What is a dislocated shoulder?
Your shoulder joint is made up of three bones: your collarbone, your shoulder blade, and your upper arm bone. The top of your upper arm bone is shaped like a ball. This ball fits into a cuplike socket in your shoulder blade. A shoulder dislocation is an injury that happens when the ball pops out of your socket. A dislocation may be partial, where the ball is only partially out of the socket. It can also be a full dislocation, where the ball is completely out of the socket.
What causes a dislocated shoulder?
Your shoulders are the most movable joints in your body. They are also the most commonly dislocated joints.
The most common causes of shoulder dislocations are:
- Sports injuries
- Accidents, including traffic accidents
- Falling on your shoulder or outstretched arm
- Seizures and electric shocks, which can cause muscle contractions that pull the arm out of place
Who is at risk for a dislocated shoulder?
A dislocated shoulder can happen to anyone, but they are more common in young men, who are more often involved in sports and other physical activities. Older adults, especially women, are also at higher risk because they are more likely to fall.
What are the symptoms of a dislocated shoulder?
The symptoms of a dislocated shoulder include:
- Severe shoulder pain
- Swelling and bruising of your shoulder or upper arm
- Numbness and/or weakness in your arm, neck, hand, or fingers
- Trouble moving your arm
- Your arm seems to be out of place
- Muscle spasms in your shoulder
If you are having these symptoms, get medical treatment right away.
How is a dislocated shoulder diagnosed?
To make a diagnosis, your health care provider will take a medical history and examine your shoulder. Your provider may also ask you to get an x-ray to confirm the diagnosis.
What are the treatments for a dislocated shoulder?
The treatment for dislocated shoulder usually involves three steps:
- The first step is a closed reduction, a procedure in which your health care provider puts the ball of your upper arm back into the socket. You may first get medicine to relieve the pain and relax your shoulder muscles. Once the joint is back in place, the severe pain should end.
- The second step is wearing a sling or other device to keep your shoulder in place. You will wear it for a few days to several weeks.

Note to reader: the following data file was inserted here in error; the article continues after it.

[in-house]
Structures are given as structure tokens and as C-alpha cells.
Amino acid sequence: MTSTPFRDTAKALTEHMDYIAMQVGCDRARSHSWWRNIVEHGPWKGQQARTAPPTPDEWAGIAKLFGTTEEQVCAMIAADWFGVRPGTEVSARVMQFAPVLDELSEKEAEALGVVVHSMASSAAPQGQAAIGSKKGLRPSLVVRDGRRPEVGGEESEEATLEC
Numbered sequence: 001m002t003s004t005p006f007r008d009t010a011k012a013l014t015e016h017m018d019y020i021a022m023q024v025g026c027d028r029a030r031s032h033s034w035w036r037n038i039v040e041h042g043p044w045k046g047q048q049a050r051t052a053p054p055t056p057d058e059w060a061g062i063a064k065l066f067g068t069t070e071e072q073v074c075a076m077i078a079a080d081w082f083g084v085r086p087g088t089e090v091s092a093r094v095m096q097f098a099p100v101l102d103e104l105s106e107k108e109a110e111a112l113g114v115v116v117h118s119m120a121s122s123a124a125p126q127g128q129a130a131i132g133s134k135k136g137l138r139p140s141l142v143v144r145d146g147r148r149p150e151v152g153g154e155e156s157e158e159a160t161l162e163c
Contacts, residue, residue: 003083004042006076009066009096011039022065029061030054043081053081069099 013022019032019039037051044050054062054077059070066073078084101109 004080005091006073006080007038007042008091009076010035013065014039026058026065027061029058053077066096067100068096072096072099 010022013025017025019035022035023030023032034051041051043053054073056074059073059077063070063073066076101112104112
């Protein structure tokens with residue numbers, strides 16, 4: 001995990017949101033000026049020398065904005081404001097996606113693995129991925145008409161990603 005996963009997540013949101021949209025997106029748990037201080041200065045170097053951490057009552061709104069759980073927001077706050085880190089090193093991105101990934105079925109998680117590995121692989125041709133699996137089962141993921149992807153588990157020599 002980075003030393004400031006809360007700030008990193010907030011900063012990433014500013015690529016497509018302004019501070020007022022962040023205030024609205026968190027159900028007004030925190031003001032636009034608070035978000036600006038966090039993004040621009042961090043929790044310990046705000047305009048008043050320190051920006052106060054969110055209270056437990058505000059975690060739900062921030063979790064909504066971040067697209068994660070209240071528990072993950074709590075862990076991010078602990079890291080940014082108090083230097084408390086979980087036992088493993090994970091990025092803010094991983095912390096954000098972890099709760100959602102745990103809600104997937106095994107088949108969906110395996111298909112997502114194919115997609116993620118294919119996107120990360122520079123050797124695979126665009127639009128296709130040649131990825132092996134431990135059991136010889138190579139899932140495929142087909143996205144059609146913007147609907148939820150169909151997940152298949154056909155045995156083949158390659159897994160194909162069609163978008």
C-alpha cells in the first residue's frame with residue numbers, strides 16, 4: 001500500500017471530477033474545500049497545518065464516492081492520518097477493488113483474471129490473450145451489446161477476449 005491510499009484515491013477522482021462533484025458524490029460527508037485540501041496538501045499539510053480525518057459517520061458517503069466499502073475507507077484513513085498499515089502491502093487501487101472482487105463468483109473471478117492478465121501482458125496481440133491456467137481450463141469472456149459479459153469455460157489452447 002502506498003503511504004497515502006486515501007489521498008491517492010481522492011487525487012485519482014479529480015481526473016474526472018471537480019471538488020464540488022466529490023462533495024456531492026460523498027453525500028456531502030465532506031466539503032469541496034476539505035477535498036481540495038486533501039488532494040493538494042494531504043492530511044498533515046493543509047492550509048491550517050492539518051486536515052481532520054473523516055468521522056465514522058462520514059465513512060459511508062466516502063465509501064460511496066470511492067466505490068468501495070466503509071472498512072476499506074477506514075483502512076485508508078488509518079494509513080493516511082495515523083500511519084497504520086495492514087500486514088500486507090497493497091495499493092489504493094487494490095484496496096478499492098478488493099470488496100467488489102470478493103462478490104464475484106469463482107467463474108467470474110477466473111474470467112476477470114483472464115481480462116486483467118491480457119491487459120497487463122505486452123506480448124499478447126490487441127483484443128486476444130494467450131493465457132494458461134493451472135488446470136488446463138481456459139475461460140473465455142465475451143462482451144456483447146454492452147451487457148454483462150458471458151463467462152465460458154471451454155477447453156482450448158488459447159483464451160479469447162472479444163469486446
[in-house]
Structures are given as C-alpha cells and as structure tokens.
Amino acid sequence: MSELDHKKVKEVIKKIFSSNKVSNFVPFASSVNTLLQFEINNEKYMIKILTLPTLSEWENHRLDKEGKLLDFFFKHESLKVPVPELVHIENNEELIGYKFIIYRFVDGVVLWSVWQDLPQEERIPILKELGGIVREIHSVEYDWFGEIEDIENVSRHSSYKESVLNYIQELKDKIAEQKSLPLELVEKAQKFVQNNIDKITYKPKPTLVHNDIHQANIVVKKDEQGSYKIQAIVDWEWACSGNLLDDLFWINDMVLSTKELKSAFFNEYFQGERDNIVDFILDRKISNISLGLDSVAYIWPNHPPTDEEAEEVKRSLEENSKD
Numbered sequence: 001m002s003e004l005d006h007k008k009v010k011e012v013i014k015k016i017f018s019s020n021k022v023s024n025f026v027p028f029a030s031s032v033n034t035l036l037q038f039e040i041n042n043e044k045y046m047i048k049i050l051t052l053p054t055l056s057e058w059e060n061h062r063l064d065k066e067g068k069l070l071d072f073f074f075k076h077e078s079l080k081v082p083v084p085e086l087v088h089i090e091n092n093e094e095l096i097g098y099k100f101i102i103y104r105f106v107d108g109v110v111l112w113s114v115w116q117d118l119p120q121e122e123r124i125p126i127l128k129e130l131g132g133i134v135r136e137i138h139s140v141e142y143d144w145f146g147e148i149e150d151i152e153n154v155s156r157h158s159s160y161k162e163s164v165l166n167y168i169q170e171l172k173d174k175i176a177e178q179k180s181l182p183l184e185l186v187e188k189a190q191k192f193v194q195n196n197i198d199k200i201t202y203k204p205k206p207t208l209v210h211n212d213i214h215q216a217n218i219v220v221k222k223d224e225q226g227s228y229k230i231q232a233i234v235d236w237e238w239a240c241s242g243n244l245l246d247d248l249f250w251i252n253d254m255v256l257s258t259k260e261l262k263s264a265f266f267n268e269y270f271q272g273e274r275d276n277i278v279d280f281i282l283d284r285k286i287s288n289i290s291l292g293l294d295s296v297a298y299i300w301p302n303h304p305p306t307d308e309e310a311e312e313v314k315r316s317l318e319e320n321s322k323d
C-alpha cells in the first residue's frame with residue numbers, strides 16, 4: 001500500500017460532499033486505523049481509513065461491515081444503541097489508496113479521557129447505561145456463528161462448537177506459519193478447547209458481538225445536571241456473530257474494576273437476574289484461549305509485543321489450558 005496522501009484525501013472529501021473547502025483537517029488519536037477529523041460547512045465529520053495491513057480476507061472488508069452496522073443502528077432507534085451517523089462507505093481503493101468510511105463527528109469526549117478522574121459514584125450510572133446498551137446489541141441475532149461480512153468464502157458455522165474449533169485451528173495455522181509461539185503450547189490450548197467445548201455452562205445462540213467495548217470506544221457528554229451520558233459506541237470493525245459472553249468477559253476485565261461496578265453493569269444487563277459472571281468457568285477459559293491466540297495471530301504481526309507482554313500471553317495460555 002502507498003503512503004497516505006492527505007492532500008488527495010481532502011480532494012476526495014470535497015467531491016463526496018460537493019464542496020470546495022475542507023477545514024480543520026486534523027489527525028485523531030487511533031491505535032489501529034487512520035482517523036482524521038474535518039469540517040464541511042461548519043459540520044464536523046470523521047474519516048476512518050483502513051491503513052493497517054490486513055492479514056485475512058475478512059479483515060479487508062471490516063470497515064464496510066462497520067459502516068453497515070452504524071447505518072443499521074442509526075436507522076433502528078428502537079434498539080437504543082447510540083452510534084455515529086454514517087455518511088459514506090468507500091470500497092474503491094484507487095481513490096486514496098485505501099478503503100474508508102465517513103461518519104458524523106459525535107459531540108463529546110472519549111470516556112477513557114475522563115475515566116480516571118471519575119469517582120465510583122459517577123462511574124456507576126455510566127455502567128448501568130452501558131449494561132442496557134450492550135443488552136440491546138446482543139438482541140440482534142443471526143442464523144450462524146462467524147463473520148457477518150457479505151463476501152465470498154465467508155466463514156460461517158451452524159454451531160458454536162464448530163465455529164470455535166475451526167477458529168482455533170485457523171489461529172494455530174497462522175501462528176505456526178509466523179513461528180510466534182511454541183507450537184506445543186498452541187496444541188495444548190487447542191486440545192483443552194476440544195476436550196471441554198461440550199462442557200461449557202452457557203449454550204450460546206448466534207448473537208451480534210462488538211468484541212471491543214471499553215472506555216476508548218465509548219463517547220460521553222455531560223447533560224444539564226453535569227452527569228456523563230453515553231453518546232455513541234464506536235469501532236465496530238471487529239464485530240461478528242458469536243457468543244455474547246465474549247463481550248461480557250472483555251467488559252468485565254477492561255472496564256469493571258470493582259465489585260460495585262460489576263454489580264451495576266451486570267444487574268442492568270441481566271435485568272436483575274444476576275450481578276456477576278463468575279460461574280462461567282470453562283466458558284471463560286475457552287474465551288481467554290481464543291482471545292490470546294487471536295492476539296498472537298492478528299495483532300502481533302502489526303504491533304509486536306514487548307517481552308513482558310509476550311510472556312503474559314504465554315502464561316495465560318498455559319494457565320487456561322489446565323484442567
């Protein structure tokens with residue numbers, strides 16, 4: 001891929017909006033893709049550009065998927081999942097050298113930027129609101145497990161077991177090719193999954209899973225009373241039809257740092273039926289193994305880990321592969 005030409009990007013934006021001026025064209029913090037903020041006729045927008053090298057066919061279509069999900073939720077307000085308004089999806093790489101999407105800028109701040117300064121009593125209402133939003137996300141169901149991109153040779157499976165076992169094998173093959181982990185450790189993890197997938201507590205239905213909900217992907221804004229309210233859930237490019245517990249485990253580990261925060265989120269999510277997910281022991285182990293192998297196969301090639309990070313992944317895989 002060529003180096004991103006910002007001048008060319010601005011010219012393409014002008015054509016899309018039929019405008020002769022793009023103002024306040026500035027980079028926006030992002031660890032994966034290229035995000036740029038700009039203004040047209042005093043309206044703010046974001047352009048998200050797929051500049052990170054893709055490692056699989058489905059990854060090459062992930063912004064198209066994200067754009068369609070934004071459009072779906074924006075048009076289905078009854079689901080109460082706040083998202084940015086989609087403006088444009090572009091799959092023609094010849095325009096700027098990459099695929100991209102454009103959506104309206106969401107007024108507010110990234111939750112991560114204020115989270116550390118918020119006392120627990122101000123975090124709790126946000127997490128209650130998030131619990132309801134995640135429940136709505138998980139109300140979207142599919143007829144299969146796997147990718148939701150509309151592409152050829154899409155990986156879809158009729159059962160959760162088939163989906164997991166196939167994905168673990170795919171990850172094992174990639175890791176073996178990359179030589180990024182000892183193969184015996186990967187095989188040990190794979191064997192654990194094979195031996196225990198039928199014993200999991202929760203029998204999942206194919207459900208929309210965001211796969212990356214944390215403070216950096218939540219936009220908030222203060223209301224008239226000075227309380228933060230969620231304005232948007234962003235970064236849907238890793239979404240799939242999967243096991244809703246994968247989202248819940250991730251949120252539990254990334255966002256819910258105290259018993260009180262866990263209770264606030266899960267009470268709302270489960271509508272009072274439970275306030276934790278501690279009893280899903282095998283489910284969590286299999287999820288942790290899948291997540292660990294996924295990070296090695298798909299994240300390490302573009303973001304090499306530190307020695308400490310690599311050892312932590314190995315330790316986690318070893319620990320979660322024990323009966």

- The third step is rehabilitation, once the pain and swelling have improved. You will do exercises to improve your range of motion and strengthen your muscles.
You may need surgery if you injure the tissues or nerves around the shoulder or if you get repeated dislocations.
A dislocation can make your shoulder unstable. When that happens, it takes less force to dislocate it. This means that there is a higher risk of it happening again. Your health care provider may ask you to continue doing some exercises to prevent another dislocation.
- Dislocated Shoulder (American Academy of Orthopaedic Surgeons)
- ClinicalTrials.gov: Shoulder Dislocation (National Institutes of Health)
Journal Articles References and abstracts from MEDLINE/PubMed (National Library of Medicine)
- Article: Epidemiology of primary shoulder dislocations requiring surgery: A cohort study from...
- Article: The correlation between acromial osteolysis and acromion types in the treatment...
- Article: Open latarjet procedure versus all-arthroscopic autologous tricortical iliac crest bone grafting...
- Dislocated Shoulder -- see more articles
- Closed reduction of a fractured bone (Medical Encyclopedia) Also in Spanish
- Closed reduction of a fractured bone - aftercare (Medical Encyclopedia) Also in Spanish
- Dislocated shoulder - aftercare (Medical Encyclopedia) Also in Spanish
- Shoulder CT scan (Medical Encyclopedia) Also in Spanish
- Shoulder MRI scan (Medical Encyclopedia) Also in Spanish